Illustration: King Abdullah II of Jordan by Marcello Casal Jr./ABr [CC BY 3.0 br] via Wikimedia
Jordan is facing an economic crisis that began forming over 20 years ago, since Abdullah II was crowned king of Jordan.
The most important factors that led to this crisis are mismanagement, rampant corruption, and lack of control and accountability. Jordan's foreign debt is currently close to $50 billion and the unemployment rate is over 20% — a record in the country.
Jordan faced a crisis similar in the days of late King Hussein bin Talal. This crisis ended with the signing of the Israeli-Jordanian peace treaty, which led then U.S. President Bill Clinton to erase part of Jordan's foreign debt to America and increase U.S. assistance to Jordan, forming a strategic Jordanian alliance with America.
Now Jordan again needs to address its problems, which have come to the fore as many Jordanian voices have begun to raise demands for change and holding the corrupt accountable.
There are several steps that Jordan must implement if it is to recover from its crisis, return to a debt free situation, and not repeat the same crisis again a few decades from now.
First, Jordan needs to follow the example of Saudi Crown Prince Mohammed bin Salman, who cracked down on corrupt officials in Saudi Arabia by holding them at the Ritz Carlton Hotel. This can only be done in coordination with the Jordanian General Intelligence Department. Jordan also needs to re-establish the Anti-Corruption Commission for effective monitoring in coordination with the Intelligence Department.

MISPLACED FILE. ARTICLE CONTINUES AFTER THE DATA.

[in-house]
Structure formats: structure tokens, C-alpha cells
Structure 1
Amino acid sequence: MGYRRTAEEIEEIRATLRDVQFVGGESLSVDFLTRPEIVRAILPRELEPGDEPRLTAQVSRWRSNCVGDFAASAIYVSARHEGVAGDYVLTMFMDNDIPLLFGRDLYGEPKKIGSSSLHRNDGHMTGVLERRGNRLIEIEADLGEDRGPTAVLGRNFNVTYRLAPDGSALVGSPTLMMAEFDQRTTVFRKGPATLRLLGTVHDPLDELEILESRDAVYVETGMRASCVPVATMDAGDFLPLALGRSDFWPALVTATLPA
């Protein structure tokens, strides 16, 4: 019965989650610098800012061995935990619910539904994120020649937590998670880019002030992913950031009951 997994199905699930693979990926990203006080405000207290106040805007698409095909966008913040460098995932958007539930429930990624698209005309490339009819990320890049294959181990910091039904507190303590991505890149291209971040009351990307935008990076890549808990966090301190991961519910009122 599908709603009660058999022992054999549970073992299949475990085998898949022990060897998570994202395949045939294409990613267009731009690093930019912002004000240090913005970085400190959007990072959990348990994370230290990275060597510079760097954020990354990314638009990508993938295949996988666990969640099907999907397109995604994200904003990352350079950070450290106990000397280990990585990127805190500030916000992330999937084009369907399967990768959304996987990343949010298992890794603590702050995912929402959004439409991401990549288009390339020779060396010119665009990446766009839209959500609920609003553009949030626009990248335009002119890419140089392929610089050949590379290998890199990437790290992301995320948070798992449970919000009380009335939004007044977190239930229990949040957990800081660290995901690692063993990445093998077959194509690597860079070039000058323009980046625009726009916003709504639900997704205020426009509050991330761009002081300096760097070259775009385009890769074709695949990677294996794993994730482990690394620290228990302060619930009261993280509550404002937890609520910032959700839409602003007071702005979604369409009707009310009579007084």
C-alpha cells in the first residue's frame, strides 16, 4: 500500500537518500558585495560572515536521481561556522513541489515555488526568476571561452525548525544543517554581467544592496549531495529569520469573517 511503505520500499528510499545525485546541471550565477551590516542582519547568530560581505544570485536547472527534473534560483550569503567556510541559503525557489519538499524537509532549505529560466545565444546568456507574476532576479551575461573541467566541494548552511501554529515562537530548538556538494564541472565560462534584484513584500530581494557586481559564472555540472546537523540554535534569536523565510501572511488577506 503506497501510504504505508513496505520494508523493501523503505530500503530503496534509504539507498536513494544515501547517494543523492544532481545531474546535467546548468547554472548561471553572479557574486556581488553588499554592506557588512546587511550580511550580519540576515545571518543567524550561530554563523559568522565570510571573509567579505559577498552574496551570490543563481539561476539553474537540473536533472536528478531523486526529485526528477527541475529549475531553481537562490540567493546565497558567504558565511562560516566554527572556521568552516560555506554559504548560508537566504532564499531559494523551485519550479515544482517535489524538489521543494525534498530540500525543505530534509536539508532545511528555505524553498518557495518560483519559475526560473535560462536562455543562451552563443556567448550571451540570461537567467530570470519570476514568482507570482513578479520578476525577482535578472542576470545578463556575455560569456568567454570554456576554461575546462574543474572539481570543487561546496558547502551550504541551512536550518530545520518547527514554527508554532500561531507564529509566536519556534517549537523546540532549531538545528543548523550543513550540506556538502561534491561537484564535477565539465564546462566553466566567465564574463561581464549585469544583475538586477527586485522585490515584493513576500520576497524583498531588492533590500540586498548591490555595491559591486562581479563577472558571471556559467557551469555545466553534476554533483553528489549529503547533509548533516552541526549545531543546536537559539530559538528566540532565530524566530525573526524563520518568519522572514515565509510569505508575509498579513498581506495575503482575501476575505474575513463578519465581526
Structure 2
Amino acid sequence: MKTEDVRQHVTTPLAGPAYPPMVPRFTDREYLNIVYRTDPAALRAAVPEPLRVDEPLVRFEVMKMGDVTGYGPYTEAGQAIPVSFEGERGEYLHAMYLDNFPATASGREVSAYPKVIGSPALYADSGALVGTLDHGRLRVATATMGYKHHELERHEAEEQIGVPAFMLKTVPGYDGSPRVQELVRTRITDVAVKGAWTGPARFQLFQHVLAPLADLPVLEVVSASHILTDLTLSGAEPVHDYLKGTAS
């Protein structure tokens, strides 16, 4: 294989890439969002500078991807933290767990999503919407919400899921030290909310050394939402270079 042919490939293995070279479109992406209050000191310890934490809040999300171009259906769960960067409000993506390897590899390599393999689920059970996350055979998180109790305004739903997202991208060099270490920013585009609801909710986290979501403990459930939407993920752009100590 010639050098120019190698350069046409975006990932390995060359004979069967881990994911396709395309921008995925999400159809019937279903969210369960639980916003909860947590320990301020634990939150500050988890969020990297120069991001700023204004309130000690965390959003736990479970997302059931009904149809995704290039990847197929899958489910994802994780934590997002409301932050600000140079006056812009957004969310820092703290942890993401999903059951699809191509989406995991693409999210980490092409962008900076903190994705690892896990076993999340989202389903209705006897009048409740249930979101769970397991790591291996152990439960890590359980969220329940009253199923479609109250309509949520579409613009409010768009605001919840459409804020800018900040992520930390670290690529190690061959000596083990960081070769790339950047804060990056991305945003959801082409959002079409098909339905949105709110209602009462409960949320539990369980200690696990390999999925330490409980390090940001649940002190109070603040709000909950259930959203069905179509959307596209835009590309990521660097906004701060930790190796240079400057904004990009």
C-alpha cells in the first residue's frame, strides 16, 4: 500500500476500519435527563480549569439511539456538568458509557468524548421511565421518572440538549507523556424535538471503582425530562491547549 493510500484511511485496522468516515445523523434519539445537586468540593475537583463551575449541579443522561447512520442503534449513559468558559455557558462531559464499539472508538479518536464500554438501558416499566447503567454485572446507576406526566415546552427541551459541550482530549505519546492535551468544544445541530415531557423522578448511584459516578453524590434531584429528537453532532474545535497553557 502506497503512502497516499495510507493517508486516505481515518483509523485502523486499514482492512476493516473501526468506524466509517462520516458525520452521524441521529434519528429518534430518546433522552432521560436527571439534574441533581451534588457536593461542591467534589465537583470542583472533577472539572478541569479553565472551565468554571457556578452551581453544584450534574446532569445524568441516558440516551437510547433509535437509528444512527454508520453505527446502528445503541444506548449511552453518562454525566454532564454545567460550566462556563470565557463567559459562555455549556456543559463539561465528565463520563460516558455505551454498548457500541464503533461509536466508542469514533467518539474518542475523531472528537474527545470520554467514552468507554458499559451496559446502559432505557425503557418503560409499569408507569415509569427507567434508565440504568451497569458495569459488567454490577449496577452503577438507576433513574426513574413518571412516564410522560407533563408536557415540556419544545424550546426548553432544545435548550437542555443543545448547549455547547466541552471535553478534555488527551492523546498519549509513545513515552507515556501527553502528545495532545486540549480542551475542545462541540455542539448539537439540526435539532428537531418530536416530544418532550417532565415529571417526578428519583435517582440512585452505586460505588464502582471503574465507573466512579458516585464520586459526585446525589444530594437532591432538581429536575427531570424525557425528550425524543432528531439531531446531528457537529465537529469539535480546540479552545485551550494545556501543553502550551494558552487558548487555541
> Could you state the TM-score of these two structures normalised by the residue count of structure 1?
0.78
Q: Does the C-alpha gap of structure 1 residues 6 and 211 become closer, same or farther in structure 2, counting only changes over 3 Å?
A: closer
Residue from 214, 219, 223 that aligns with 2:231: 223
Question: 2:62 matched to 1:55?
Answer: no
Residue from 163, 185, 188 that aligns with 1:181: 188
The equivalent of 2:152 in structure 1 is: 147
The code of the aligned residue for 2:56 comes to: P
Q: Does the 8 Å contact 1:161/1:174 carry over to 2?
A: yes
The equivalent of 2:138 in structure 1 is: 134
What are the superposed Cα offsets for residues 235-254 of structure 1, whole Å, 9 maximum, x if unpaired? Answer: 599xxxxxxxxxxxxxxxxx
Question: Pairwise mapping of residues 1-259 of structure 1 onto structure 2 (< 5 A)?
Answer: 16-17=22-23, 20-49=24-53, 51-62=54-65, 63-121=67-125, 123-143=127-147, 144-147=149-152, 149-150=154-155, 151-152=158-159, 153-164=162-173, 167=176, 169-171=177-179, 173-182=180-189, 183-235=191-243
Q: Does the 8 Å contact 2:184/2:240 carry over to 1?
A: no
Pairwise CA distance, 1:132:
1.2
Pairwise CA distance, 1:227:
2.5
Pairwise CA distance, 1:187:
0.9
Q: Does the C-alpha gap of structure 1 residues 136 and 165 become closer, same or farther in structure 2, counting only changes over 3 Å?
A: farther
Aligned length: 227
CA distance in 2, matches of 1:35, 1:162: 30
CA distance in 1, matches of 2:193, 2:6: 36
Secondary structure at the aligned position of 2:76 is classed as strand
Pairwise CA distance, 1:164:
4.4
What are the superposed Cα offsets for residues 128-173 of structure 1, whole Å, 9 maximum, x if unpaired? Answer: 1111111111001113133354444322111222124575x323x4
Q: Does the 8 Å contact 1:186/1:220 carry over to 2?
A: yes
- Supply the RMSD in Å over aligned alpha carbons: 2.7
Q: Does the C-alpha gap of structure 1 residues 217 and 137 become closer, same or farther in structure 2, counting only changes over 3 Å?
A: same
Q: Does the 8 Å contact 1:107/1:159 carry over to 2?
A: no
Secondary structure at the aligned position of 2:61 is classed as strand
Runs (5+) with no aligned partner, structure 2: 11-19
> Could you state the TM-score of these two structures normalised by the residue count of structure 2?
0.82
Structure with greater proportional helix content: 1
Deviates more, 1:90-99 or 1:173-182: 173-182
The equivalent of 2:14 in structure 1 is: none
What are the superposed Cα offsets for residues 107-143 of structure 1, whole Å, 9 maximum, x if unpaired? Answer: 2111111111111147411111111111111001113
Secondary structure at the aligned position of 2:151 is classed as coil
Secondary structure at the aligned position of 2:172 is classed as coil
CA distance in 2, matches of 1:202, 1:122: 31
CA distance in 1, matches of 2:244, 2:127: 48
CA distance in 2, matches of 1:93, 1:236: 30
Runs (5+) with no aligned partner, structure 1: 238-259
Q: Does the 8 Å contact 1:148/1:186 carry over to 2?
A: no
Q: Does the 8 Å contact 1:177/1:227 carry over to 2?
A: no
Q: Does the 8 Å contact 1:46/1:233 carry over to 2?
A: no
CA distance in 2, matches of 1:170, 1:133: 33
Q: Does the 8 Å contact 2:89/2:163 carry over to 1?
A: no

Secondly, Jordan must appoint the right person with the right qualifications to the position of prime minister, in order to eventually establish a constitutional monarchy in Jordan. This will implement a full democracy in Jordan, in which the Jordanian citizens elect their prime minister. At the same time, Jordan must ban the Muslim Brotherhood in order to ensure that Jordan will remain peaceful.
Thirdly, the Ministry of Planning and International Cooperation must be restructured, because a large part of Jordan's economic crisis has been due to poor planning in the country. Likewise, appropriate appointments must be made in putting the right person in the right job to manage administrative matters in all ministries and agencies.
Fourthly, let us recall an important point mentioned above — when Jordan signed its peace treaty with Israel in 1994, Clinton deleted part of Jordan's foreign debt to the U.S. What Jordan needs now is to intervene to resolve the Israeli-Palestinian conflict — the main conflict in the Middle East — in coordination with the Palestinian Authority.
Jordan should become a homeland for all the Arabs, both Jordanians and Palestinians, in this way ending the Israeli-Palestinian conflict by creating a home for the Palestinians. Jordan is Palestine and Palestine is Jordan — this is what the late King Hussein bin Talal said.
In return, there must be a guarantee of American and Israeli mediation that should result in the complete elimination of Jordan's foreign debt. This is part of the price the international community will pay Jordan for solving one of the oldest conflicts in the world. The international community also must increase international aid and financial support from the Arab Gulf states for Jordan, in order to make sure Jordan will not collapse. In order to ensure the security of the Middle East in the future, we also must ensure the survival of the Hashemites on the throne of Jordan, who have played a role in establishing regional and international peace.
All of these steps must be taken in order to get Jordan out of its stifling and deadly crisis on the one hand, and guarantee that it will not return to a new suffocating economic crisis in the future on the other. This will also solve one of the oldest and most complicated conflicts in the world, and will mark Jordan as one of the countries that has contributed the most to world peace. Considering this, the king of Jordan could also be given a Nobel Peace Prize for his efforts.
Rami Dabbas is a Jordanian freelance writer and analyst based in Amman, who stands for peace in the Middle East and is a pro-Israel advocate. Click here to read more of this author’s work in The Jerusalem Herald.